Wednesday, March 3, 2010

Read the Fine Print

Happy 100th Anniversary to Scouting!

This time every year, cub scout packs across the country have some sort of a Blue & Gold banquet to celebrate the anniversary of scouting.

Back in Hawaii, we also had a father-son cake decorating contest that was a lot of fun.

The way they do things in our pack here in Virginia, they want the scouts to finish the requirements for their new rank badge (Tiger, Fox, Bear) by the Blue & Gold banquet so they can all be presented their new badge at the banquet.

Last year, we had just moved here from Hawaii and joined the pack after they had already started knocking out the requirements to get done by the Blue & Gold Banquet. As a result, ES wasn't done with the requirements for the Wolf Badge when we went to the banquet. We kept plugging away and finished the requirements later, and I didn't sew the Wolf Badge onto his uniform until he finished.

The past month or so I have felt like we were under the gun, working toward a deadline. There are just SO MANY requirements in the Bear book! For you navy folks, it's sort of like a qual card. There are 24 "achievements" (block sigs) with titles such as "What Makes America Special," "Take Care of Your Planet," "Family Outdoor Adventures," "Building Muscles," and "Sawdust and Nails." Each achievement has anywhere from 3 to 10 individual activities the scout needs to complete to get signed off (each has a signature line just like a qual card). The activities aren't generally quick tasks. The activities are things like:
  • Visit a museum, zoo, or aviary
  • Attend a professional sporting event with your family or cub scout den
  • Collect 1 month of daily newspapers and turn them in for recycling
  • Keep track of your personal spending for 2 weeks
  • Build a model
  • Build your own tool box
  • With an adult, make a dessert for your family (I'm glad they put that "with an adult" caveate on that one! Can you imagine the mess in the kitchen???)
Thankfully, you don't have to do ALL the activities for each achievement. Most say you have to do like the first and the last activity and then choose 4 of the others to do. Even so, there are a LOT of requirements in there, and I just didn't see how we were going to get them all done before the Blue and Gold Banquet.

Enter the Den Leader, Dave, my hero.

We use this cool web-based program called Scout Track to keep track of the scouts' progress toward completing achievements and awards and whatnot. A couple of weeks ago, Den Leader Dave was all smiles and very enthusiastic as he told me, "So it looks to me like ES is almost done with his Bear requirements!"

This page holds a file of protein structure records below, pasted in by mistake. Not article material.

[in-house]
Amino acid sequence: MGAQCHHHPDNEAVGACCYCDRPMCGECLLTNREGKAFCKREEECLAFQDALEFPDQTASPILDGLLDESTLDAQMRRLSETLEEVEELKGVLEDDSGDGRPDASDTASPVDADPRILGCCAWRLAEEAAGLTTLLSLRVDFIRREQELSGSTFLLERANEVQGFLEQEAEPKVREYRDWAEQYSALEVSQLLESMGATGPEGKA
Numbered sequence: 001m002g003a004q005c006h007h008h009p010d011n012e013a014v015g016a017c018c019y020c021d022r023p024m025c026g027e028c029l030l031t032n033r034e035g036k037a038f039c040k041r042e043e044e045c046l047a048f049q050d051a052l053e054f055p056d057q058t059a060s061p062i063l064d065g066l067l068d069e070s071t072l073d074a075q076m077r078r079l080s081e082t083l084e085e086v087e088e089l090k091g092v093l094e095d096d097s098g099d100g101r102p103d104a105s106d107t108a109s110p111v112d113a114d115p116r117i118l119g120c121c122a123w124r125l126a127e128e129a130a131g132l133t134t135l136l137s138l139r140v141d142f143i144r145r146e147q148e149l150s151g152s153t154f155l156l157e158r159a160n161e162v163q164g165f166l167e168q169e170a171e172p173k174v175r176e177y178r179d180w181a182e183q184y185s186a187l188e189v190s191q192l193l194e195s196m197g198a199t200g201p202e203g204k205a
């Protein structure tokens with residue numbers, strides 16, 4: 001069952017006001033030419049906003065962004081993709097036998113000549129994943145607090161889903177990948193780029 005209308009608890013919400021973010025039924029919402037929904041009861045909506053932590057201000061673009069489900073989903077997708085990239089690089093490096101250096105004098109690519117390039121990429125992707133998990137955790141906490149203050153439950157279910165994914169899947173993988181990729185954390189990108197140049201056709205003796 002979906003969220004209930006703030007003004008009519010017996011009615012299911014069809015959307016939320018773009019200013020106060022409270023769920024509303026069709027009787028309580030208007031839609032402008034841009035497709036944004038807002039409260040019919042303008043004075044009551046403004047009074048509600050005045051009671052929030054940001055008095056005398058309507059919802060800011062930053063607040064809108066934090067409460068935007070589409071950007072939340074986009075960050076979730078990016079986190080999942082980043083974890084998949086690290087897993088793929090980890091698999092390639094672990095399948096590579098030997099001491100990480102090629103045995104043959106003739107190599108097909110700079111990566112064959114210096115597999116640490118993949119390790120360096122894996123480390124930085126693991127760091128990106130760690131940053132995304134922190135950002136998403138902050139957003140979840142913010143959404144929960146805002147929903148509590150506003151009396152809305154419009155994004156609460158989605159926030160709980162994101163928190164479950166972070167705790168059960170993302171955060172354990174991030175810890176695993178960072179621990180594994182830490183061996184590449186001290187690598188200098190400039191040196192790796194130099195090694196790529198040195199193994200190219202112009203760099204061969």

Uhhh.... Huh?

At the time he told me this, we had like 9 of the 24 achievements done. Clearly he had ES confused with one of the other scouts, because we were NO. WHERE. CLOSE. TO. FINISHING. There was certainly no way on Earth we would get all 24 achievements done by the Blue & Gold Banquet. I thought we were going to end up like last year - continuing to plug away at the requirements and I would sew the badge on months later when ES finished them all.

Then Dave clued me in to the fact that you don't have to do ALL of the achievements.

On page 12 of the Bear book, it says, "You must complete


achievements to be a Bear Scout.

I suddenly felt like a tremendous burden had been lifted from my shoulders. There really was a light at the end of the tunnel. We really could complete the Bear requirements before the Blue & Gold Banquet. HALLELUJAH!!!

Since I had been putting forth an effort to get ES to complete ALL of the achievements, he had two or more signatures in almost every achievement. It was actually fairly easy to pick the 3 achievements he was closest to completing and focus on finishing them off.

But wait! It gets better!

After the Bear badge requirements, the book goes into electives for the scouts to earn arrow points. Another thing I discovered in the fine print of the book, on page 180, is that if your scout does additional activities from the Bear achievements above and beyond what was required for him to earn the Bear badge, then those additional activities count as electives for arrow points.

So because I was a dumbass we were ambitiously trying to knock out all 24 achievements, ES already has enough signatures in his book to get his first arrow point and is only 3 signatures away from earning his second arrow point. Score!

In any case, THIS year's Blue & Gold Banquet was MUCH more enjoyable for us.

They handed out the pinewood derby trophies.

ES received (and can WEAR) his new Bear Badge.

Note to Self: Next year, READ THE BOOK and check with the den leader to make sure you understand the requirements. (At least I'll know better when YB becomes a Cub Scout, right?)


Nereus said...

Way cool Dad,
Me I am Pimping the Thin Mints and Samoa's with the daughter for the G.S. cookie sales. People either avoid me at work or look me up for another fix. You need Cookies????
But keep it up with the Son's in B.S.A.

Tabor said...

He looks happy about all of this and not good job. For a minute I was worried that it was your badge you were working toward.

Anonymous said...

Great Scouting stories. You're doing it right by all accounts.

I didn't get my boys involved with scouting when they were little because it was just another hoop to jump through for my family - soccer, church, etc., and it was time I felt I didn't have. Also, I didn't like the way the local scouting organization was run. Too much politics and you had to be there for every event, regardless of whatever family priority. It didn't matter. Maybe my boys missed out on "the scouting experience" (which I wholeheartedly support and is a great experience), but as homeschoolers, I think we made up for it with lots of other family stuff.